Heine, Heinrich (hĪnˈrĭkh hĪˈnə) [key], 1797–1856, German poet, b. Düsseldorf, of a Jewish family. One of the greatest of German lyric poets, he had a varied career. After failing in business he tried law but found it uncongenial and finally turned to history and literature. His first published poems and plays established him as a young romantic. In the literary salon of Rahel Varnhagen von Ense he met, among others, Fouqué, Chamisso, Hoffmann, Grabbe, and Immermann; some of these became life-long friends, others bitter enemies. Disillusioned with Germany and in political disgrace because of his liberal sympathies, he left for Paris (1831), where he supported the social ideals of the French Revolution, becoming for a time a Saint-Simonist. As the towering figure of the revolutionary literary movement Young Germany, he continued from Paris to disseminate French revolutionary ideas in Germany. He received a French government pension, worked as correspondent for German newspapers, and died after years of severe illness, during which he was nursed by his faithful "Mouche" (who used the pen name Camille Selden). Heine's writing reflects the dualism of his nature; it shows strong influences of both classic and romantic German literature. Despite a conversion to Christianity, Jewish themes frequently figure in his works, as does the influence of English and French literature. His Buch der Lieder (1827, tr. Book of Songs, 1846), which contains the lyric cycles "Nordsee" and "Lyrisches Intermezzo," shows his indebtedness to the romantic folk-song poets. Other collections of poems are Neue Gedichte (1847), Romanzero (1851), and Letzte Gedichte (1853). Schumann composed music for Heine's poems, as did Schubert, Mendelssohn, Liszt, and many others. His lyrics have been used in more than 3,000 compositions, the most popular perhaps being "Die Lorelei," with melody by Friedrich Silcher (1789–1860). Heine's later poems and especially his prose works established him as a satirist of barbed wit and as an embittered critic of romanticism, of jingoistic patriotism, and of current social and political affairs. Most poignant are Die Harzreise [Harz journey] (1826) and Reisebilder [travel pictures] (1827–31), which combine poetry and prose. Atta Troll (1843) and Deutschland (1844) reflect his reaction to German anti-Semitism, as do his earliest dramatic work, Almansor, and an unfinished novel, Der Rabbi von Bacharach. Possibly because of their cosmopolitan character, Heine's works have never been as popular in Germany as they have in other lands. Virtually all of Heine's works have been translated into English, notably by E. A. Bowring, Havelock Ellis, C. G. Leland, Louis Untermeyer, and Humbert Wolfe.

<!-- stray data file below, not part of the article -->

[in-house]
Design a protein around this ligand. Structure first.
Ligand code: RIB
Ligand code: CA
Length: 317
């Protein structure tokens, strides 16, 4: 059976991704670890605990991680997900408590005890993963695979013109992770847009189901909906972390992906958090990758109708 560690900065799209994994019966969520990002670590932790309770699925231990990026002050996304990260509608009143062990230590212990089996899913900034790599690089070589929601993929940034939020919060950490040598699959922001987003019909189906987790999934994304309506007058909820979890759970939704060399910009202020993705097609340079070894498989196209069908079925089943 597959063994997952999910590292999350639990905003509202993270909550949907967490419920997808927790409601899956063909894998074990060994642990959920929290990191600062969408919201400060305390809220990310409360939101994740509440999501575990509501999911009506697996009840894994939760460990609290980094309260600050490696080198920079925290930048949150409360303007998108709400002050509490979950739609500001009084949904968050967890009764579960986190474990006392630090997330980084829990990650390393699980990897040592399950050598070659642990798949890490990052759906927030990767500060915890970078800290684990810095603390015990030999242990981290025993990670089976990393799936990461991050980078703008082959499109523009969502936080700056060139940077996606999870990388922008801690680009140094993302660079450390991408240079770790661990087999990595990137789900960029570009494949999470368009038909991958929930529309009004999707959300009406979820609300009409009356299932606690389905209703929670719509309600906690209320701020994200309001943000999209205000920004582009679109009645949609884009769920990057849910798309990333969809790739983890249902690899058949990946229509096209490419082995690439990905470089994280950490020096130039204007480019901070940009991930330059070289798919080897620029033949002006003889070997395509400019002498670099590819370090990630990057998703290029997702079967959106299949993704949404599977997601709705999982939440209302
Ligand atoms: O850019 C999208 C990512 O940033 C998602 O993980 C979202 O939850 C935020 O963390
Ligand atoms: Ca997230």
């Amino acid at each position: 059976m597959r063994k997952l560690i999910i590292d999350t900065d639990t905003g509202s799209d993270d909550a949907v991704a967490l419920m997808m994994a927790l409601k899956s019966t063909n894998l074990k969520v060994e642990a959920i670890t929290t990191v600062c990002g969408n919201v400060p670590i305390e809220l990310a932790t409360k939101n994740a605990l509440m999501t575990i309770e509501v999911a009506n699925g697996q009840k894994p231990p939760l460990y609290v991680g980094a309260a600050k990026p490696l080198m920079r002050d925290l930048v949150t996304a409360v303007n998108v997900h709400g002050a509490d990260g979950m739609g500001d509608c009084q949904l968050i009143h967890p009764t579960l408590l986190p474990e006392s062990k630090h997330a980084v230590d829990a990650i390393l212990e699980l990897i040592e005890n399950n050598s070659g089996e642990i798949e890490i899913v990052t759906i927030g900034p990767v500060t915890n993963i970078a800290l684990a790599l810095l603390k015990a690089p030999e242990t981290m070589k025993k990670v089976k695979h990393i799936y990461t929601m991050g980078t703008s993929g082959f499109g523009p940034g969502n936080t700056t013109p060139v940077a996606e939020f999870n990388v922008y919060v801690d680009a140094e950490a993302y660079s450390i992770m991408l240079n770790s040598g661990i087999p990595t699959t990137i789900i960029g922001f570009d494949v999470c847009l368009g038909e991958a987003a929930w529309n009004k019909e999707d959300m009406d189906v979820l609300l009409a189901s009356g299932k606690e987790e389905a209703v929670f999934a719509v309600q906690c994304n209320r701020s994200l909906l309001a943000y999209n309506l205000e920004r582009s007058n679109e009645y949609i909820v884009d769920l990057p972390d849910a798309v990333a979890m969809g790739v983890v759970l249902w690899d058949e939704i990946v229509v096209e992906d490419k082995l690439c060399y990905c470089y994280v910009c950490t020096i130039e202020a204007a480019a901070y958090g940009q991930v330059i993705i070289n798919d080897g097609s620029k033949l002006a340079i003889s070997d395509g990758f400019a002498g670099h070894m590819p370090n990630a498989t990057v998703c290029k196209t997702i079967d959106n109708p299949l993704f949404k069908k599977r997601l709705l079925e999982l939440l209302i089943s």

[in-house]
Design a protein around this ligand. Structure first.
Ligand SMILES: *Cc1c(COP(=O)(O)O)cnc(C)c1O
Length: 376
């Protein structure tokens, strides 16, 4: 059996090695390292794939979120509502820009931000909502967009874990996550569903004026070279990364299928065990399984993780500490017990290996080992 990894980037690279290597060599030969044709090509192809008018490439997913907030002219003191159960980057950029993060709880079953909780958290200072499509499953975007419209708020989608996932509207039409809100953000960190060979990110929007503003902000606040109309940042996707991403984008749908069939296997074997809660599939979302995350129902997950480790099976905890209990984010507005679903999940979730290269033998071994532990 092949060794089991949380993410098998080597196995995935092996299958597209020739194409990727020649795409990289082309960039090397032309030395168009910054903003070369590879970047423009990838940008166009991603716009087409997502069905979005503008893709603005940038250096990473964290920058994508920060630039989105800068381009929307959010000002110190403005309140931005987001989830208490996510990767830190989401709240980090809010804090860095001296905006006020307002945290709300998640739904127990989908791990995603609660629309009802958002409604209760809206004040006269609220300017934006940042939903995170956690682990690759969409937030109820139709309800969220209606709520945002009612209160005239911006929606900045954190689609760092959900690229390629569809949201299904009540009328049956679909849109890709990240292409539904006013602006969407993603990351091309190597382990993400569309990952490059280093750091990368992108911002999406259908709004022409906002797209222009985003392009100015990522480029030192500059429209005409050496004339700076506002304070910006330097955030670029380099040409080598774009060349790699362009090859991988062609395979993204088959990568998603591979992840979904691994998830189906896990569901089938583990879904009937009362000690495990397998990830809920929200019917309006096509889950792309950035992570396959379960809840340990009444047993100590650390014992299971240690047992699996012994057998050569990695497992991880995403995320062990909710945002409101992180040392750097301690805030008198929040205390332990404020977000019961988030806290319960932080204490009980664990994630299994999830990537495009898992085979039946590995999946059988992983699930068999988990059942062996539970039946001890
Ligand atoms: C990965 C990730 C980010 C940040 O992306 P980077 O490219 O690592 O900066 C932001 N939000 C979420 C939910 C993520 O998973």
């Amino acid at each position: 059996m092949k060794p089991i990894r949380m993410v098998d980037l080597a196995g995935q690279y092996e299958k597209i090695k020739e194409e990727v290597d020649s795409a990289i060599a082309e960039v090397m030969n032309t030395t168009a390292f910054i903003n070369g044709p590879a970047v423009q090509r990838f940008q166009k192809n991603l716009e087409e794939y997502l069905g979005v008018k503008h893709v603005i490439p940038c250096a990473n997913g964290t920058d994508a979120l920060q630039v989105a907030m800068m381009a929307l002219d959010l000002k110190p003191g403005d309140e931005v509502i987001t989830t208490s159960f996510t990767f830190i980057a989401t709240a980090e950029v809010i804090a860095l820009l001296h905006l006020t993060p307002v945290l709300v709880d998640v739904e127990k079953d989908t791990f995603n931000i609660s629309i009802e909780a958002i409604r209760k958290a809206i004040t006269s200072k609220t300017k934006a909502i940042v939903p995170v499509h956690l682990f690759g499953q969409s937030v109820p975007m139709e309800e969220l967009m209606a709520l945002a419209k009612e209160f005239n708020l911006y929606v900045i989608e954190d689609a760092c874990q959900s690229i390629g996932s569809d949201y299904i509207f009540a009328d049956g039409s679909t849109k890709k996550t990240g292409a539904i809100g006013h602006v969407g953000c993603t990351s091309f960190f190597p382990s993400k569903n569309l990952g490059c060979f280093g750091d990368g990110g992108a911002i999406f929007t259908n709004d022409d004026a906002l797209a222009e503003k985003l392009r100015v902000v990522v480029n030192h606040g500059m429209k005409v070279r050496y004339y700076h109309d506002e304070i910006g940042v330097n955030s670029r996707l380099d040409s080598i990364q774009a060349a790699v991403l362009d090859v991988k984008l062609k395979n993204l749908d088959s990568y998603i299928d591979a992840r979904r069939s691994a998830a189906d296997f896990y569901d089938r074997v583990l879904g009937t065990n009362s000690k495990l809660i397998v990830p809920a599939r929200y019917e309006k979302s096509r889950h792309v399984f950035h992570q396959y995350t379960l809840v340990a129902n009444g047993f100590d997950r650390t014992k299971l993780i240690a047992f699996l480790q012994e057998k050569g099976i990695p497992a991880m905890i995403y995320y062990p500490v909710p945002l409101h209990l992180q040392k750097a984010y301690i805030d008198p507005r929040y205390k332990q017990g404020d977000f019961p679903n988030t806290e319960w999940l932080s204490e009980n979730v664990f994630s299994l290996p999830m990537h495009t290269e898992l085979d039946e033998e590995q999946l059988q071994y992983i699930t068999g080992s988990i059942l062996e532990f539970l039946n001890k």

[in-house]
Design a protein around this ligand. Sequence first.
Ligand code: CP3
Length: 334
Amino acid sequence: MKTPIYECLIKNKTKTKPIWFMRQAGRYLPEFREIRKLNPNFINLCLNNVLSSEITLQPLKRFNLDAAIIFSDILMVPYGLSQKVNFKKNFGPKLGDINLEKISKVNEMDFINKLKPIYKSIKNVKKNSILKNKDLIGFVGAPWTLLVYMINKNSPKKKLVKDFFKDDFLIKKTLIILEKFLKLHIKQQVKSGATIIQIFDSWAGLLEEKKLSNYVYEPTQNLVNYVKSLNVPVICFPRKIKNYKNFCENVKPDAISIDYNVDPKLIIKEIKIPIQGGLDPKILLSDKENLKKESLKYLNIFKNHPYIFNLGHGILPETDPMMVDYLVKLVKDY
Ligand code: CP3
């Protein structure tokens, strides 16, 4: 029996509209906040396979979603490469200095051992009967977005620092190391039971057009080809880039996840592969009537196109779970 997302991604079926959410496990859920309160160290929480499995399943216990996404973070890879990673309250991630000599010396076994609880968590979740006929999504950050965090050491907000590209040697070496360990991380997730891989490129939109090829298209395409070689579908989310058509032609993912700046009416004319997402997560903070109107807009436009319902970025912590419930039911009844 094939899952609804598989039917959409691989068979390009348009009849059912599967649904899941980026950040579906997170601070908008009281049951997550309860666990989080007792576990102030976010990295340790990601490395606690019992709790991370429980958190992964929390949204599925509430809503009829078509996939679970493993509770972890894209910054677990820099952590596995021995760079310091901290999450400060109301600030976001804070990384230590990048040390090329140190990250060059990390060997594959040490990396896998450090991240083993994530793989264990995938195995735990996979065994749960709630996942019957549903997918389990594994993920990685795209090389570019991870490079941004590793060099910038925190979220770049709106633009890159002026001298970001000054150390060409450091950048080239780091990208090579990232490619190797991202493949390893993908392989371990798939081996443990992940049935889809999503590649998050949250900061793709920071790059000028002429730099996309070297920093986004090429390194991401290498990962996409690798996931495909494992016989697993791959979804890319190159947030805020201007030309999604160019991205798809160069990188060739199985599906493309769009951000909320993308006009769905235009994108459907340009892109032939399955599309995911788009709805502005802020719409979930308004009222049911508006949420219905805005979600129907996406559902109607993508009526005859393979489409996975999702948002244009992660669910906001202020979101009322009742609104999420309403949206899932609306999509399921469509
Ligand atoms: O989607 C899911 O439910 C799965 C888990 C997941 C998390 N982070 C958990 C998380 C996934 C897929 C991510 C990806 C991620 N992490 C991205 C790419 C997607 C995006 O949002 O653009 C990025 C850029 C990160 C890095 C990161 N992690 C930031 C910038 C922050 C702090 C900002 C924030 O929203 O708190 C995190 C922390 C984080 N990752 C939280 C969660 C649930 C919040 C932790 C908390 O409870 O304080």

See biography by E. M. Butler (1956); studies by M. Brod (1957), S. S. Prower (1961), L. Hofrichter (1963), M. Spann (1966), J. L. Sammons (1979), P. Kossoff (1983).
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